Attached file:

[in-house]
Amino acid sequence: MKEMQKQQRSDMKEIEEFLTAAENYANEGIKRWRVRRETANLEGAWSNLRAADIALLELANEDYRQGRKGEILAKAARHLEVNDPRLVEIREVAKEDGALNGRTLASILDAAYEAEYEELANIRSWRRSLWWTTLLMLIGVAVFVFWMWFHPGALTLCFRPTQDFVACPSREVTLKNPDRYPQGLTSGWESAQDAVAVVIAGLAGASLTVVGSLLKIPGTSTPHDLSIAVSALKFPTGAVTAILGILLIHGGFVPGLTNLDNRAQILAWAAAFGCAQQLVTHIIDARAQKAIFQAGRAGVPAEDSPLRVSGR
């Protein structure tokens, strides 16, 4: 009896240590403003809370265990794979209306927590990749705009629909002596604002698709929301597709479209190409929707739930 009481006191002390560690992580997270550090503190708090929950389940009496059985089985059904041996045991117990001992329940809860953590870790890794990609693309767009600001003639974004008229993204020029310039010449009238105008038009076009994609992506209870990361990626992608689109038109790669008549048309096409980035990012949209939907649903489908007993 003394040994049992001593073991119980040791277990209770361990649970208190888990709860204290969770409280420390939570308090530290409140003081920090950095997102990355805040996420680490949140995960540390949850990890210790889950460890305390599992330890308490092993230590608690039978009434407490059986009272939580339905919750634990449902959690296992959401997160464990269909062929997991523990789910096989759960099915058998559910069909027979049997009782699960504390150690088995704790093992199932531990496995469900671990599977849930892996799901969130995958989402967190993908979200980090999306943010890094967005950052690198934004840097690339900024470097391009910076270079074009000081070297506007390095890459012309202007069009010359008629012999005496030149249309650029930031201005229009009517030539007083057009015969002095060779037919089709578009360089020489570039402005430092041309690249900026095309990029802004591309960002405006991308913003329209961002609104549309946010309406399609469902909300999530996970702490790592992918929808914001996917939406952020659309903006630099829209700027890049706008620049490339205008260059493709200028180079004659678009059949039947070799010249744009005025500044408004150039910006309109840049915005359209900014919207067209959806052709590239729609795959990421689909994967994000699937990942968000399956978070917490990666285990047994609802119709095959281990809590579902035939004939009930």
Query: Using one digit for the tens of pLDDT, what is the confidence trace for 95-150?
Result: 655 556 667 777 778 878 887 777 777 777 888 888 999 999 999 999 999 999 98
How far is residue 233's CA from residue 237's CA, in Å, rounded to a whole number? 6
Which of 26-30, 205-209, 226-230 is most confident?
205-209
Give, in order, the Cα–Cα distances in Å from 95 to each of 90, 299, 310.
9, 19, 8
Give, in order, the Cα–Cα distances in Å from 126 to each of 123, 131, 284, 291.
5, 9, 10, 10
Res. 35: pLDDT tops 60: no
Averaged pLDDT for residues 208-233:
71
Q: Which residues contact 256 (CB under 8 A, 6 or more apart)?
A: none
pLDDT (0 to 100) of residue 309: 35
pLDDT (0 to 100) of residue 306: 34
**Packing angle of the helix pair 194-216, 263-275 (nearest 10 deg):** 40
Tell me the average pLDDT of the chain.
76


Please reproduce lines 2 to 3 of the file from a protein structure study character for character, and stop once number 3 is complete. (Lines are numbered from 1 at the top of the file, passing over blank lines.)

Amino acid sequence: MKEMQKQQRSDMKEIEEFLTAAENYANEGIKRWRVRRETANLEGAWSNLRAADIALLELANEDYRQGRKGEILAKAARHLEVNDPRLVEIREVAKEDGALNGRTLASILDAAYEAEYEELANIRSWRRSLWWTTLLMLIGVAVFVFWMWFHPGALTLCFRPTQDFVACPSREVTLKNPDRYPQGLTSGWESAQDAVAVVIAGLAGASLTVVGSLLKIPGTSTPHDLSIAVSALKFPTGAVTAILGILLIHGGFVPGLTNLDNRAQILAWAAAFGCAQQLVTHIIDARAQKAIFQAGRAGVPAEDSPLRVSGR
């Protein structure tokens, strides 16, 4: 009896240590403003809370265990794979209306927590990749705009629909002596604002698709929301597709479209190409929707739930 009481006191002390560690992580997270550090503190708090929950389940009496059985089985059904041996045991117990001992329940809860953590870790890794990609693309767009600001003639974004008229993204020029310039010449009238105008038009076009994609992506209870990361990626992608689109038109790669008549048309096409980035990012949209939907649903489908007993 003394040994049992001593073991119980040791277990209770361990649970208190888990709860204290969770409280420390939570308090530290409140003081920090950095997102990355805040996420680490949140995960540390949850990890210790889950460890305390599992330890308490092993230590608690039978009434407490059986009272939580339905919750634990449902959690296992959401997160464990269909062929997991523990789910096989759960099915058998559910069909027979049997009782699960504390150690088995704790093992199932531990496995469900671990599977849930892996799901969130995958989402967190993908979200980090999306943010890094967005950052690198934004840097690339900024470097391009910076270079074009000081070297506007390095890459012309202007069009010359008629012999005496030149249309650029930031201005229009009517030539007083057009015969002095060779037919089709578009360089020489570039402005430092041309690249900026095309990029802004591309960002405006991308913003329209961002609104549309946010309406399609469902909300999530996970702490790592992918929808914001996917939406952020659309903006630099829209700027890049706008620049490339205008260059493709200028180079004659678009059949039947070799010249744009005025500044408004150039910006309109840049915005359209900014919207067209959806052709590239729609795959990421689909994967994000699937990942968000399956978070917490990666285990047994609802119709095959281990809590579902035939004939009930």